“ ‘What greater work,’ said I, ‘could one accomplish than this, to show the reason which governs all, and having laid hold of it, and being mounted upon it, to look down on the errors of others, and their pursuits? But without philosophy and right reason, prudence would not be present to any man. Wherefore it is necessary for every man to philosophize, and to esteem this the greatest and most honourable work; but other things only of second-rate or third-rate importance, though, indeed, if they be made to depend on philosophy, they are of moderate value, and worthy of acceptance; but deprived of it, and not accompanying it, they are vulgar and coarse to those who pursue them.’

“ ‘Does philosophy, then, make happiness?’ said he, interrupting.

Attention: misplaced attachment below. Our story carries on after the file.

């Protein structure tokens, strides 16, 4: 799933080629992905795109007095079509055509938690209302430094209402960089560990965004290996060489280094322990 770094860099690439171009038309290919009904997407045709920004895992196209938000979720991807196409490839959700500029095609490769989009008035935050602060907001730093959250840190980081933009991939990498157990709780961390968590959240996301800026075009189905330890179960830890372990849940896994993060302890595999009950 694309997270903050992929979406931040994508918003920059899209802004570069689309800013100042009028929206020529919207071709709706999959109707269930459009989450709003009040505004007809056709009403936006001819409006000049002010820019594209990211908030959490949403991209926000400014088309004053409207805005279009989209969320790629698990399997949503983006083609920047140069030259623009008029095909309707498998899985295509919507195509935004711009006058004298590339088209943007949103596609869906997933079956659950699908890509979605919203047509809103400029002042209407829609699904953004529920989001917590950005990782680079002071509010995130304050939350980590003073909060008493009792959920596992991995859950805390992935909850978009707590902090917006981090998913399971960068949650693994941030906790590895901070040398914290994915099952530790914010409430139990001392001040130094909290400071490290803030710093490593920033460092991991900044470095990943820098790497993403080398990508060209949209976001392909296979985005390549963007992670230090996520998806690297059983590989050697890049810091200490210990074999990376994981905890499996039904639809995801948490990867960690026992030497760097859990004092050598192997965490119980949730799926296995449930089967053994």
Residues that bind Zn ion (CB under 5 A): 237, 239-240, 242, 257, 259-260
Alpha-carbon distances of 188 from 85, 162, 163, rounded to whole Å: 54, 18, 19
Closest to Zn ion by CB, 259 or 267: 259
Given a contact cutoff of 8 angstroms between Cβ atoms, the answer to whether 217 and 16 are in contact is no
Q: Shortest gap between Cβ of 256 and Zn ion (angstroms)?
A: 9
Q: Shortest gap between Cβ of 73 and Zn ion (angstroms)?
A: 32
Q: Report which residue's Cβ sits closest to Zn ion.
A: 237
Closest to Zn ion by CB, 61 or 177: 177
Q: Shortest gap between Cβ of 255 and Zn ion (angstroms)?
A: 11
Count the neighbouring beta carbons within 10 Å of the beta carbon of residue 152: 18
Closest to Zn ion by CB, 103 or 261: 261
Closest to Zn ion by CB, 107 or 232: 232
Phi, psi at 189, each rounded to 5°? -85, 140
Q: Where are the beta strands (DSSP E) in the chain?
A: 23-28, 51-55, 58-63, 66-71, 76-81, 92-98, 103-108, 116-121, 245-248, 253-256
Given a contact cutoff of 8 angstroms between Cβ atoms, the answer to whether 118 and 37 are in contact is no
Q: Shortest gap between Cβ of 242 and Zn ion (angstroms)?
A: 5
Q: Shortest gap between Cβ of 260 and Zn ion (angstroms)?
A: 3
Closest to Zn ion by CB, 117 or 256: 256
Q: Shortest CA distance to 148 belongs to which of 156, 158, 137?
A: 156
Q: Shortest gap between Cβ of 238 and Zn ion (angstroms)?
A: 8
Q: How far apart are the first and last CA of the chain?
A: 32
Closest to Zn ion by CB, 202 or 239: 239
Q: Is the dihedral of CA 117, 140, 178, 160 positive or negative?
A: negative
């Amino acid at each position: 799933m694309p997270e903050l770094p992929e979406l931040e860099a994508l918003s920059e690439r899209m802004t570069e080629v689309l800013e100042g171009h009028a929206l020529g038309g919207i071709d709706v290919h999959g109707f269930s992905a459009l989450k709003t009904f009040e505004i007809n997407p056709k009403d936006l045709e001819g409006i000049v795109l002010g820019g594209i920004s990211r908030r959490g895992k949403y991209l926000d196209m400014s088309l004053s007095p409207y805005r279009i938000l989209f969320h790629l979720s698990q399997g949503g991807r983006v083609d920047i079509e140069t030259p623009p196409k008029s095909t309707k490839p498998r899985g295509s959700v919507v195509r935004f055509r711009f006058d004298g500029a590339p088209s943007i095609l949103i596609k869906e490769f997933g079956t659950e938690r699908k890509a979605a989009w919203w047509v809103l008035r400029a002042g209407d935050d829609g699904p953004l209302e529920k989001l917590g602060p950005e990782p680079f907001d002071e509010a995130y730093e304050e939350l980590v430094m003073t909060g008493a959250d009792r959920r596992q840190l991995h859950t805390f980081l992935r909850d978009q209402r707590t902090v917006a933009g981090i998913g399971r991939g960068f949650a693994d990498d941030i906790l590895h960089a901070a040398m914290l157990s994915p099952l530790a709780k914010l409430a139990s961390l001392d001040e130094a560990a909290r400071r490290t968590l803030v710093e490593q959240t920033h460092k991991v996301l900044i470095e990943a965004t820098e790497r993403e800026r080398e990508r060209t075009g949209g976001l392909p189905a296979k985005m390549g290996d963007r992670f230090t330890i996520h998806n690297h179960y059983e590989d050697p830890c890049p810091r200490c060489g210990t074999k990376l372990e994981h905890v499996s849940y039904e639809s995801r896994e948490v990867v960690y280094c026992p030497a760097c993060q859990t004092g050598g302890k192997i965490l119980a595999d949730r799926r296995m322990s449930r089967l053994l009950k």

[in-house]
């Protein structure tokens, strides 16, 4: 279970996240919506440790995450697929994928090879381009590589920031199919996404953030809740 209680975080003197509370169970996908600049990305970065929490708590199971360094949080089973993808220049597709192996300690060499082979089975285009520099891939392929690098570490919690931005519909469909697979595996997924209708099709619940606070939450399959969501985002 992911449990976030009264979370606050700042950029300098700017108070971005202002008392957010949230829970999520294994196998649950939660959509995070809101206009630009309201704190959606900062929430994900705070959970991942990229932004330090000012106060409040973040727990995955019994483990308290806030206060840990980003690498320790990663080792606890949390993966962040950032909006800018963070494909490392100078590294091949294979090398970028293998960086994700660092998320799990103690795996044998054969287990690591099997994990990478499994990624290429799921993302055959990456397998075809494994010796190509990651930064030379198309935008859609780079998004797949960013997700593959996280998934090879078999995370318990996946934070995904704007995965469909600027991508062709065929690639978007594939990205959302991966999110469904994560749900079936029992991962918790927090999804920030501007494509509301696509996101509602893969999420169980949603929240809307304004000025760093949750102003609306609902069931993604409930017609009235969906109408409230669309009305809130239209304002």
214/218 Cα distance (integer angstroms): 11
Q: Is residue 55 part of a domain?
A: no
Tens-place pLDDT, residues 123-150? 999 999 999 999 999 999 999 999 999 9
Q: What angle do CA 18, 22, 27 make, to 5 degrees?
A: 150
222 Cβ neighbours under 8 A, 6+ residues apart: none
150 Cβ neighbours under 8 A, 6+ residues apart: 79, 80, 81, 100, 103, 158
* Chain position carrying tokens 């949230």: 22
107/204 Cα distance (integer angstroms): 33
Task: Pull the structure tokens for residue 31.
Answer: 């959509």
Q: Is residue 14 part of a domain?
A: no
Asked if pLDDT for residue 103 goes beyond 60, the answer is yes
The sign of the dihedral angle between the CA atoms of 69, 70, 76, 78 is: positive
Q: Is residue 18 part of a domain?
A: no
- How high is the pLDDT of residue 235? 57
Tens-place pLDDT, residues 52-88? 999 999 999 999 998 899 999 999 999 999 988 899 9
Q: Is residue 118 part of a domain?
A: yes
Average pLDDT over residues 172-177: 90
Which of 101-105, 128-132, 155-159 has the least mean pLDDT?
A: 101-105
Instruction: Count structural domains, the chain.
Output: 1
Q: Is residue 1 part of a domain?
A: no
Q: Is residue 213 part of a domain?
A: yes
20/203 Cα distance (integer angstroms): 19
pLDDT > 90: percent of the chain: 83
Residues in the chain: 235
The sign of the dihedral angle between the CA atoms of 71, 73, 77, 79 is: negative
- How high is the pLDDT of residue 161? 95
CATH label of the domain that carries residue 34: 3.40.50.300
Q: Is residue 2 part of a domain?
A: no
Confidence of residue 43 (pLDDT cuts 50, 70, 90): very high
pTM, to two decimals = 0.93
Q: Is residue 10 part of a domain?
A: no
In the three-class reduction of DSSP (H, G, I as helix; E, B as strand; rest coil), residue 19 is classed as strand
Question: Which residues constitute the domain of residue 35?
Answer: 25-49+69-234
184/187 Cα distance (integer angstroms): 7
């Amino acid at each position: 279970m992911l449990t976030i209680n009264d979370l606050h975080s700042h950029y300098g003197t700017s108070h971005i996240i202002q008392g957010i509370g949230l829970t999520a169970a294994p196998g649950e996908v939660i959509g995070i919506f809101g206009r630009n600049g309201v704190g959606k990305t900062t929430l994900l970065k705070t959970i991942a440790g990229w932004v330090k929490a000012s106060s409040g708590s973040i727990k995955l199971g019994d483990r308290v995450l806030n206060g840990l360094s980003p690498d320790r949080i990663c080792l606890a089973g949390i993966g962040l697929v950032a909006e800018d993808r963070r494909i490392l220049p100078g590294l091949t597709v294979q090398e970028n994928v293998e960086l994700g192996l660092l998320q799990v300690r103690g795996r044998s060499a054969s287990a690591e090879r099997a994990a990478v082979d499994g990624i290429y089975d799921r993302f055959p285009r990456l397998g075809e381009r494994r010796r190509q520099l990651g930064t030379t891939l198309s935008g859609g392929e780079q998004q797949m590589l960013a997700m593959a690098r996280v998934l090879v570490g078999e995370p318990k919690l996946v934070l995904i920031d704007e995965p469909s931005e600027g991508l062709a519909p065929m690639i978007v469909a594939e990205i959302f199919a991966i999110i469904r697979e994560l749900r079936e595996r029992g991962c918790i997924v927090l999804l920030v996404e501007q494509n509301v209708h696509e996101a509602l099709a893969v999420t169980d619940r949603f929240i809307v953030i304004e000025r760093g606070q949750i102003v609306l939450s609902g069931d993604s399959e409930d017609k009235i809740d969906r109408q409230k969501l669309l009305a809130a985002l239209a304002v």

“ ‘Assuredly,’ I said, ‘and it alone.’

“ ‘What, then, is philosophy?’ he says; ‘and what is happiness? Pray tell me, unless something hinders you from saying.’

“ ‘Philosophy, then,’ said I, ‘is the knowledge of that which really exists, and a clear perception of the truth; and happiness is the reward of such knowledge and wisdom.’

“ ‘But what do you call God?’ said he.

“ ‘That which always maintains the same nature, and in the same manner, and is the cause of all other things —that, indeed, is God.’ So I answered him; and he listened to me with pleasure, and thus again interrogated me:—

“ ‘Is not knowledge a term common to different matters? For in arts of all kinds, he who knows any one of them is called a skilful man in the art of generalship, or of ruling, or of healing equally. But in divine and human affairs it is not so. Is there a knowledge which affords understanding of human and divine things, and then a thorough acquaintance with the divinity and the righteousness of them?’

“ ‘Assuredly,’ I replied.

“ ‘What, then? Is it in the same way we know man and God, as we know music, and arithmetic, and astronomy, or any other similar branch?’